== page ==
Well, I suppose if the Red Sox had won, then yes it would be better. But as we say...."There's always next year!

 

Time for a Niagara update.

Finished the port side planksheer. Plenty of length, adjusted at the stern and fit nicely.

 

 

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Alignment is good. Plenty to work with here.

Time to start sanding, and filling the gaps at the bulkheads.

 

 

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Similar to the waterways, the planksheer needed some adjustment at the stern, and they fit easily.

All gun port holes align well as compared to the plans. 

 

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The Yard Boss, Gordon, likes the look of these.

Just looks at me and says "start sanding".

He's a hard drivin moose! Keeps a tight Shipyard.

 

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Tom E

 

 

 

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Grrrrrrr!!!!!!

This ship has teeth!  Almost looks appropriate for Halloween!

 

I installed the front timbers.

As you can see, I made them a lot longer than needed and then trimmed.

I think they came out pretty well.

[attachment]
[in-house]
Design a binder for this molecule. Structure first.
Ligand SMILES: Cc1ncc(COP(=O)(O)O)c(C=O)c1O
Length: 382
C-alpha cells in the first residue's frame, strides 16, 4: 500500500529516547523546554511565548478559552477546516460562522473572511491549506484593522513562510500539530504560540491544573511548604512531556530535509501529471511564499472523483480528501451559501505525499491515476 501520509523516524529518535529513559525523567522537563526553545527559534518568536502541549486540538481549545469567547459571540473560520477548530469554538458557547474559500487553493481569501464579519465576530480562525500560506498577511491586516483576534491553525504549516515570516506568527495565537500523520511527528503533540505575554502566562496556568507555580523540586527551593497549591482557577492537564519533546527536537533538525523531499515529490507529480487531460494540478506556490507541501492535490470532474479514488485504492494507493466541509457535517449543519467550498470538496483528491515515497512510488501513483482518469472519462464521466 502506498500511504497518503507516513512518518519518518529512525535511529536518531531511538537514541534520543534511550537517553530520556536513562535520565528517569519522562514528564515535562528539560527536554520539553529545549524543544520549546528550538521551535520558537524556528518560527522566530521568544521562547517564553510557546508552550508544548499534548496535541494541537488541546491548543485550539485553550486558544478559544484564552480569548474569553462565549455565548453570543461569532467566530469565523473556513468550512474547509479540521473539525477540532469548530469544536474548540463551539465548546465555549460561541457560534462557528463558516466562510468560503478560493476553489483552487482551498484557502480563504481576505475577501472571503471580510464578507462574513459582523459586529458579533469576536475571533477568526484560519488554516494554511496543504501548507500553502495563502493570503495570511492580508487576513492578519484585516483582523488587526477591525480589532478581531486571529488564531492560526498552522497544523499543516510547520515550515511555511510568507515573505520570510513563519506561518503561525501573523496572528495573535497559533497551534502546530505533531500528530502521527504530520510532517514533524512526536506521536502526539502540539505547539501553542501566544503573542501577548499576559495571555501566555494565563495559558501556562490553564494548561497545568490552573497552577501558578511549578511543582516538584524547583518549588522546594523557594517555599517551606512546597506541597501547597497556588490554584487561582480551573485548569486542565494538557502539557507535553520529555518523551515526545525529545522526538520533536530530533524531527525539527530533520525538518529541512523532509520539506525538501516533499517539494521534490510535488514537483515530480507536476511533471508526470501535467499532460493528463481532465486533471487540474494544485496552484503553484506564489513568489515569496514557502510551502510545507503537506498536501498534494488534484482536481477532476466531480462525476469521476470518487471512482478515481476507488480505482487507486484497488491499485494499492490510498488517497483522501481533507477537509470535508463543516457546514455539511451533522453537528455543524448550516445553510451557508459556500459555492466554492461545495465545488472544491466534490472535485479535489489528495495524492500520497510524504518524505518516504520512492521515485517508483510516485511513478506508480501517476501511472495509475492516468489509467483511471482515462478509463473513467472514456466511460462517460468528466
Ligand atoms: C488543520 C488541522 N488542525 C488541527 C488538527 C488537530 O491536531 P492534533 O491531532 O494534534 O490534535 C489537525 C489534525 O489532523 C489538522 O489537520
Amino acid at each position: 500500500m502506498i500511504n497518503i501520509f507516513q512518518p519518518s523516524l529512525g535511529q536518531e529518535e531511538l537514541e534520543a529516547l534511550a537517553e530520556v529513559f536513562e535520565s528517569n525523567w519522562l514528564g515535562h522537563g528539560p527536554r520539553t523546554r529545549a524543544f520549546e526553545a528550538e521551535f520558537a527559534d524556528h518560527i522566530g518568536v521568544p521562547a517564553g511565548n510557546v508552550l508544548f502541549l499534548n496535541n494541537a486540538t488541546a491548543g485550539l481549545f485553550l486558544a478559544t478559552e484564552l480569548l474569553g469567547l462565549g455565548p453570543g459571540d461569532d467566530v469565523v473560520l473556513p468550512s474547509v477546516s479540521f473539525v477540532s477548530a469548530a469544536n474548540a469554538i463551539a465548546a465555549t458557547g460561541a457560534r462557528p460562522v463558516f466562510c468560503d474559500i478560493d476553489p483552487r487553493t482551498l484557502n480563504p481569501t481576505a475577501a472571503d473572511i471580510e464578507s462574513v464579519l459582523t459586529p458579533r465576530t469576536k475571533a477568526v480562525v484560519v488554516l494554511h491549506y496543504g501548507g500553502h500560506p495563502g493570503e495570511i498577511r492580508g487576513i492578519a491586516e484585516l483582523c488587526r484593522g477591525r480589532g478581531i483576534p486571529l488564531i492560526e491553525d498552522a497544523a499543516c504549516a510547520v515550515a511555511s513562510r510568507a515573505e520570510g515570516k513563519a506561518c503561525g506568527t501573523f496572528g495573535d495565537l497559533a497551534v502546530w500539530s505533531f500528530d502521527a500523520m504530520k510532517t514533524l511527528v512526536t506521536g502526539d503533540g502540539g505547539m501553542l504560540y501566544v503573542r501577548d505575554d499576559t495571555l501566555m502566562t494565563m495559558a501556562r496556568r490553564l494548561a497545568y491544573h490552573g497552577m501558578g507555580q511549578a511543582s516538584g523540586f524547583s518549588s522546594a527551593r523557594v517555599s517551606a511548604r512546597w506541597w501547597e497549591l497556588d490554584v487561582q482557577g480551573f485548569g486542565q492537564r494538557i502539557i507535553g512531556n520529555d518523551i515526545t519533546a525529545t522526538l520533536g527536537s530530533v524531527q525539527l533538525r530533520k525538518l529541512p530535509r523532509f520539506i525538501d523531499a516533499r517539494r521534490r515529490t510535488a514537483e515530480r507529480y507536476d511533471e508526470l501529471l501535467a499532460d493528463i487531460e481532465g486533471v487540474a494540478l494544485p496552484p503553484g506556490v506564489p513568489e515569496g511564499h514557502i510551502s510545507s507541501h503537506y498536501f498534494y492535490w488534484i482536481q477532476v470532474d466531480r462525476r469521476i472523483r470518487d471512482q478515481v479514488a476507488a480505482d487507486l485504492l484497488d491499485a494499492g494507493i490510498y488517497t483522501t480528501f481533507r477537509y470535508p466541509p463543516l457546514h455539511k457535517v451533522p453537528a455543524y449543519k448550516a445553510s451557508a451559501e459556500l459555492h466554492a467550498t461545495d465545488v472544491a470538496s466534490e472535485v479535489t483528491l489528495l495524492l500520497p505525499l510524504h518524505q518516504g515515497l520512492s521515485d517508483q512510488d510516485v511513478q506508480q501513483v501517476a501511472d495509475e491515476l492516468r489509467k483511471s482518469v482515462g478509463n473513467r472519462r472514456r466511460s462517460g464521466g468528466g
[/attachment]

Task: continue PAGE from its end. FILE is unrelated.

Admittedly, used ALOT of glue on these things. I anchored these things very well to the bow fillers.

 

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These will get a better profile as I continue to fair the bulwarks.

 

 

 

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I did like the pre cut fillers for the front timberheads. It gave me a gauge for the overall curve of the bow.

the alignment of the timberheads where based off of these and the overall shape of the ship.

 

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With what will be the bowsprit, this is starting to look like a ship!!

You start to get a better sense of the size of this ship.

 

 

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Every time I see it, I'm still astounded at how straight my keel came out.:dancetl6:

 

 

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Tom E